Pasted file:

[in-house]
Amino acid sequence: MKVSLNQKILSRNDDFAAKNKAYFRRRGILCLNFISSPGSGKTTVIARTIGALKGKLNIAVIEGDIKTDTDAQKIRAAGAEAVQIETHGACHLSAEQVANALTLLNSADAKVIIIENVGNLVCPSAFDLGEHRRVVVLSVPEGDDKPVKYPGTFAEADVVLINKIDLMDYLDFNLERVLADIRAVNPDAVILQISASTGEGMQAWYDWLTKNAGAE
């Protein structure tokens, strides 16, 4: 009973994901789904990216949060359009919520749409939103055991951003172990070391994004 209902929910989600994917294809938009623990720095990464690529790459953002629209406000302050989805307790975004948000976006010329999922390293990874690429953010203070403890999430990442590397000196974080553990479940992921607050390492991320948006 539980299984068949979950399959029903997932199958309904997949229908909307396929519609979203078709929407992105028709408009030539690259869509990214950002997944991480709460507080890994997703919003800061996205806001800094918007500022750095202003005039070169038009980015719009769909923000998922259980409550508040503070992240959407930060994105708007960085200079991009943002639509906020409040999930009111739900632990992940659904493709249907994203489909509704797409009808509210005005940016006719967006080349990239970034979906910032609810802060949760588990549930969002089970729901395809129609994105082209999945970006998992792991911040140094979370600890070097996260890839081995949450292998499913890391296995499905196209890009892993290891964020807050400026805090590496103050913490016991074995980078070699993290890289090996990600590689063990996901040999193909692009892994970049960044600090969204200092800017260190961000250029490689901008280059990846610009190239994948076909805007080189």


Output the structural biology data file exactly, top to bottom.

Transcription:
[in-house]
Amino acid sequence: MKVSLNQKILSRNDDFAAKNKAYFRRRGILCLNFISSPGSGKTTVIARTIGALKGKLNIAVIEGDIKTDTDAQKIRAAGAEAVQIETHGACHLSAEQVANALTLLNSADAKVIIIENVGNLVCPSAFDLGEHRRVVVLSVPEGDDKPVKYPGTFAEADVVLINKIDLMDYLDFNLERVLADIRAVNPDAVILQISASTGEGMQAWYDWLTKNAGAE
């Protein structure tokens, strides 16, 4: 009973994901789904990216949060359009919520749409939103055991951003172990070391994004 209902929910989600994917294809938009623990720095990464690529790459953002629209406000302050989805307790975004948000976006010329999922390293990874690429953010203070403890999430990442590397000196974080553990479940992921607050390492991320948006 539980299984068949979950399959029903997932199958309904997949229908909307396929519609979203078709929407992105028709408009030539690259869509990214950002997944991480709460507080890994997703919003800061996205806001800094918007500022750095202003005039070169038009980015719009769909923000998922259980409550508040503070992240959407930060994105708007960085200079991009943002639509906020409040999930009111739900632990992940659904493709249907994203489909509704797409009808509210005005940016006719967006080349990239970034979906910032609810802060949760588990549930969002089970729901395809129609994105082209999945970006998992792991911040140094979370600890070097996260890839081995949450292998499913890391296995499905196209890009892993290891964020807050400026805090590496103050913490016991074995980078070699993290890289090996990600590689063990996901040999193909692009892994970049960044600090969204200092800017260190961000250029490689901008280059990846610009190239994948076909805007080189």